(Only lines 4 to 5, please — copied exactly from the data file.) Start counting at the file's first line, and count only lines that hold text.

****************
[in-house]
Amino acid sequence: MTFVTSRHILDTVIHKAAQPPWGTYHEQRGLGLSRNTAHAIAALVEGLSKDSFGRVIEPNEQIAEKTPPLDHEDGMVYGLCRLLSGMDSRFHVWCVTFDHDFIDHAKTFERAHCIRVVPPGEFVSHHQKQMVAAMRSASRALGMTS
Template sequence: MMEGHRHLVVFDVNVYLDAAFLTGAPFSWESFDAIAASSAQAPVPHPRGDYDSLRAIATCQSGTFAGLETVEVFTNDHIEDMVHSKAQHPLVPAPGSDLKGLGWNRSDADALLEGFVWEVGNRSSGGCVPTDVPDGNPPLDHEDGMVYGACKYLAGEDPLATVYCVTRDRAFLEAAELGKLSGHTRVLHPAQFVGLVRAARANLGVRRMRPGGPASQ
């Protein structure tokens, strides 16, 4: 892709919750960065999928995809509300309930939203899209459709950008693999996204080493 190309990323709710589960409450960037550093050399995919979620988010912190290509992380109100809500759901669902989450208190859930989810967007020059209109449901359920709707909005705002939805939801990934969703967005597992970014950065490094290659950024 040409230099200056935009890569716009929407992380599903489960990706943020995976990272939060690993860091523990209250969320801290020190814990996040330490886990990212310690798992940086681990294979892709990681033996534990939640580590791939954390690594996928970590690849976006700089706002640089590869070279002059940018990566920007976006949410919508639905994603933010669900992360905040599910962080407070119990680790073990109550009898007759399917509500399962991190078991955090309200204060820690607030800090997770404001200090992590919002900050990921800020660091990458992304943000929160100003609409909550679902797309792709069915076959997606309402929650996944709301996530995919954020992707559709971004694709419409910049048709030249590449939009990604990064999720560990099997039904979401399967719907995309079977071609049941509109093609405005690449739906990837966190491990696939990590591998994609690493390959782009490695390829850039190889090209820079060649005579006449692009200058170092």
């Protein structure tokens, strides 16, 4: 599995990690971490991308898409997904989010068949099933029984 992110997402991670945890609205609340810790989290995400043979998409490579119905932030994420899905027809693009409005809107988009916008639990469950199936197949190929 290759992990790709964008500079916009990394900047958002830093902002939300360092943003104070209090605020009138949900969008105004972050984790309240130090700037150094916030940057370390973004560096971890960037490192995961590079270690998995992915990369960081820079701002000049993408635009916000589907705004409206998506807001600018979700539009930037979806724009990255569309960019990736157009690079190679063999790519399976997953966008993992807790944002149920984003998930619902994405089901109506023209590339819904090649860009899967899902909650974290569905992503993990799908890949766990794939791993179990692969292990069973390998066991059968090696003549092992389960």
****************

């Protein structure tokens, strides 16, 4: 892709919750960065999928995809509300309930939203899209459709950008693999996204080493 190309990323709710589960409450960037550093050399995919979620988010912190290509992380109100809500759901669902989450208190859930989810967007020059209109449901359920709707909005705002939805939801990934969703967005597992970014950065490094290659950024 040409230099200056935009890569716009929407992380599903489960990706943020995976990272939060690993860091523990209250969320801290020190814990996040330490886990990212310690798992940086681990294979892709990681033996534990939640580590791939954390690594996928970590690849976006700089706002640089590869070279002059940018990566920007976006949410919508639905994603933010669900992360905040599910962080407070119990680790073990109550009898007759399917509500399962991190078991955090309200204060820690607030800090997770404001200090992590919002900050990921800020660091990458992304943000929160100003609409909550679902797309792709069915076959997606309402929650996944709301996530995919954020992707559709971004694709419409910049048709030249590449939009990604990064999720560990099997039904979401399967719907995309079977071609049941509109093609405005690449739906990837966190491990696939990590591998994609690493390959782009490695390829850039190889090209820079060649005579006449692009200058170092």
């Protein structure tokens, strides 16, 4: 599995990690971490991308898409997904989010068949099933029984 992110997402991670945890609205609340810790989290995400043979998409490579119905932030994420899905027809693009409005809107988009916008639990469950199936197949190929 290759992990790709964008500079916009990394900047958002830093902002939300360092943003104070209090605020009138949900969008105004972050984790309240130090700037150094916030940057370390973004560096971890960037490192995961590079270690998995992915990369960081820079701002000049993408635009916000589907705004409206998506807001600018979700539009930037979806724009990255569309960019990736157009690079190679063999790519399976997953966008993992807790944002149920984003998930619902994405089901109506023209590339819904090649860009899967899902909650974290569905992503993990799908890949766990794939791993179990692969292990069973390998066991059968090696003549092992389960």